John's 65th St. Murals (1993)

A Set of Murals about New York and Broadway at John's 65th St.
48 West 65th Street

Douglas Cooper, Artist
School of Architecture
Carnegie Mellon University

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Sarah Cooper, Artist's Assistant
Andrew Tesoro, Architect

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Other Murals by Douglas Cooper

CMU University Center, Pittsburgh
Courthouse Mural, Philadelphia
Heinz History Center, Pittsburgh
John's 44th St., New York
Kleinmarkthalle, Frankfurt
UCSF Mural, San Francisco
Baker Mural
Italy Mural (new)

Articles about the Murals

Upper Mural: Central Park South

Lower Mural: The Metropolitan Opera


About the mural...

John's has a two storey central space with mezzanine seating opposite the mural and booth seating on the ground floor along the mural's base. I composed the mural to respond to the site lines offered by these seating arrangements.

The upper band of the mural parallels the height of those patrons sitting in the mezzanine with a bird's-eye view of Manhattan that aligns with their own elevated position in the restaurant.

By contrast, the lower portions respond to the lower and nearer standpoint of those seated in booths. These more earthbound views detail daily life at street level along the length of Broadway. In response to the more individual character of booth-type seating, these panels have their own central vanishing points, in effect extending the shared axis of each booth back into space. They focus on individual locations in the city, and it might be said that each booth has its own address.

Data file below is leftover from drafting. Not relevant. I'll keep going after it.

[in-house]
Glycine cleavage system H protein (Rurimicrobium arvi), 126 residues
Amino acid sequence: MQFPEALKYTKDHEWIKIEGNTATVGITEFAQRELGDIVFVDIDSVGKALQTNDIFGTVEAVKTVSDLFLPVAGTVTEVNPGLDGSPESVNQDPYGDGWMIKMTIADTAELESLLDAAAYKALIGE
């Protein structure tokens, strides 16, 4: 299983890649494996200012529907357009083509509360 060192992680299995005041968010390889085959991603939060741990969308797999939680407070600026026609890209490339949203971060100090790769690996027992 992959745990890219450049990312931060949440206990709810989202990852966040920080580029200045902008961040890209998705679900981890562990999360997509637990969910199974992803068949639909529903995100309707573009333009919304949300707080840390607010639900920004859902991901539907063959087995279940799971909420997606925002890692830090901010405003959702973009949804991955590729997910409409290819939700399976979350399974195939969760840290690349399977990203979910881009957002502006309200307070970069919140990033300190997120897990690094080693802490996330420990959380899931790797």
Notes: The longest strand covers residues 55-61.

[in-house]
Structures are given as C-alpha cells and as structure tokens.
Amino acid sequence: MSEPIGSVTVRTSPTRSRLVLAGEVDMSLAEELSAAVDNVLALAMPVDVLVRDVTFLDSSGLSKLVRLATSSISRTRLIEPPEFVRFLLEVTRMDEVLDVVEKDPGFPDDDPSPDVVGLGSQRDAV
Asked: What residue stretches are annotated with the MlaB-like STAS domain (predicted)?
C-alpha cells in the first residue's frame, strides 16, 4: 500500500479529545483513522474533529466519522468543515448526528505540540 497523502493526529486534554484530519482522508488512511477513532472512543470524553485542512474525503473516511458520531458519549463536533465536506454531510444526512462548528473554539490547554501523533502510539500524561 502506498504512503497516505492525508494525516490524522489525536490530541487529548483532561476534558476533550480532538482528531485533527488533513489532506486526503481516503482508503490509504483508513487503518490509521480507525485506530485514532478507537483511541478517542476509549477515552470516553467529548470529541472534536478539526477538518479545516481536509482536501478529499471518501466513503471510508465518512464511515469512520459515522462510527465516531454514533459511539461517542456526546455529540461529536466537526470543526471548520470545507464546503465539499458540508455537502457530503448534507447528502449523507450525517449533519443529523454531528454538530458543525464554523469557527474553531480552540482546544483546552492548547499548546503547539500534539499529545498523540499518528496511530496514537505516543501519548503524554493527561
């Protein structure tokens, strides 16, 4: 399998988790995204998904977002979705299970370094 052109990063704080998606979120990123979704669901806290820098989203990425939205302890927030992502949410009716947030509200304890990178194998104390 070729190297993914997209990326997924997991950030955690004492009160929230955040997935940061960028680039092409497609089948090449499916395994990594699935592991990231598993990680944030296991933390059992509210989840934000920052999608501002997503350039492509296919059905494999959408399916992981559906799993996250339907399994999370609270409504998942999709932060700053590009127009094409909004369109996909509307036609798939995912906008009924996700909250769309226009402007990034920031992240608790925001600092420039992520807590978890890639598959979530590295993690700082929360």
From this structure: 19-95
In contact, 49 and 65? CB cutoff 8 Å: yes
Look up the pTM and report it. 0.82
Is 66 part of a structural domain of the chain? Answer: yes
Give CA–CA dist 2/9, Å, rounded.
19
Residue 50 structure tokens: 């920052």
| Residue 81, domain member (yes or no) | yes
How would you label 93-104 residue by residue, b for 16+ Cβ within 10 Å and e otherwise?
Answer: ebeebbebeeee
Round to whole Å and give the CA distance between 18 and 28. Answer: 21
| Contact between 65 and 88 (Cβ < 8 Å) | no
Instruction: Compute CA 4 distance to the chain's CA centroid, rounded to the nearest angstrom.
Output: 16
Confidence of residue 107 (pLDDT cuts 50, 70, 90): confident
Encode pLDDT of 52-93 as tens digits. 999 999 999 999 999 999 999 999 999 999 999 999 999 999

From left to right, the northernmost centers about Columbia University, and shows the houses of some of my friends who live nearby; the second focuses on the 78th Street rooftop of Andrew Tesoro, the architect of John's 65th Street; the third cuts through the interiors of theaters of nearby Lincoln Center and shows Columbus Circle on the occasion of the Macy's Day Parade; the fourth shows Times Square on New Year's Eve and an interior of Old Pennsylvania Station nearby. The southernmost shows Bleeker Street, interior details of the original John's Pizzeria, houses of more of my friends and the well-known Festival of St. Anthony in the distance.

Taken as a pair, the upper heaven-bound band and the lower earthbound portions contrast the nature of Manhattan's two primal positions: the omniscient and detached wonder of being up in a tall building and, by contrast the intensely tactile and distinctly unpretty character of life at street level.

Times Square on New Year's Eve